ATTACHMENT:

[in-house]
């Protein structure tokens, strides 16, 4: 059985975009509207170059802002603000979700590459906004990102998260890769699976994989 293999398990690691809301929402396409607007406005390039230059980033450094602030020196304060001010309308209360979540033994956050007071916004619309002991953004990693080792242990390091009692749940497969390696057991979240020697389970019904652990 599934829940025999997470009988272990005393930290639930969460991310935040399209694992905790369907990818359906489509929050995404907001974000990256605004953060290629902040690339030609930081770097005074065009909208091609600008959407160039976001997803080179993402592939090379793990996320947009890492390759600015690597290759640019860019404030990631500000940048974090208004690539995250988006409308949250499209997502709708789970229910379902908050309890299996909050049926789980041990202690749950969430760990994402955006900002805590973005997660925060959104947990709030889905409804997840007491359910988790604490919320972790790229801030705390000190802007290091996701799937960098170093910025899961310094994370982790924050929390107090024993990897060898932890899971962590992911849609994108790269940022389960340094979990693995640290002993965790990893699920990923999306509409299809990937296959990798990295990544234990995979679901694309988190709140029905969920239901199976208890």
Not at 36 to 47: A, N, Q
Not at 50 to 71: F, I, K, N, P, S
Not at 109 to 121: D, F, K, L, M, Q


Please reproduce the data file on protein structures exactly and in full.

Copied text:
[in-house]
């Protein structure tokens, strides 16, 4: 059985975009509207170059802002603000979700590459906004990102998260890769699976994989 293999398990690691809301929402396409607007406005390039230059980033450094602030020196304060001010309308209360979540033994956050007071916004619309002991953004990693080792242990390091009692749940497969390696057991979240020697389970019904652990 599934829940025999997470009988272990005393930290639930969460991310935040399209694992905790369907990818359906489509929050995404907001974000990256605004953060290629902040690339030609930081770097005074065009909208091609600008959407160039976001997803080179993402592939090379793990996320947009890492390759600015690597290759640019860019404030990631500000940048974090208004690539995250988006409308949250499209997502709708789970229910379902908050309890299996909050049926789980041990202690749950969430760990994402955006900002805590973005997660925060959104947990709030889905409804997840007491359910988790604490919320972790790229801030705390000190802007290091996701799937960098170093910025899961310094994370982790924050929390107090024993990897060898932890899971962590992911849609994108790269940022389960340094979990693995640290002993965790990893699920990923999306509409299809990937296959990798990295990544234990995979679901694309988190709140029905969920239901199976208890």
Not at 36 to 47: A, N, Q
Not at 50 to 71: F, I, K, N, P, S
Not at 109 to 121: D, F, K, L, M, Q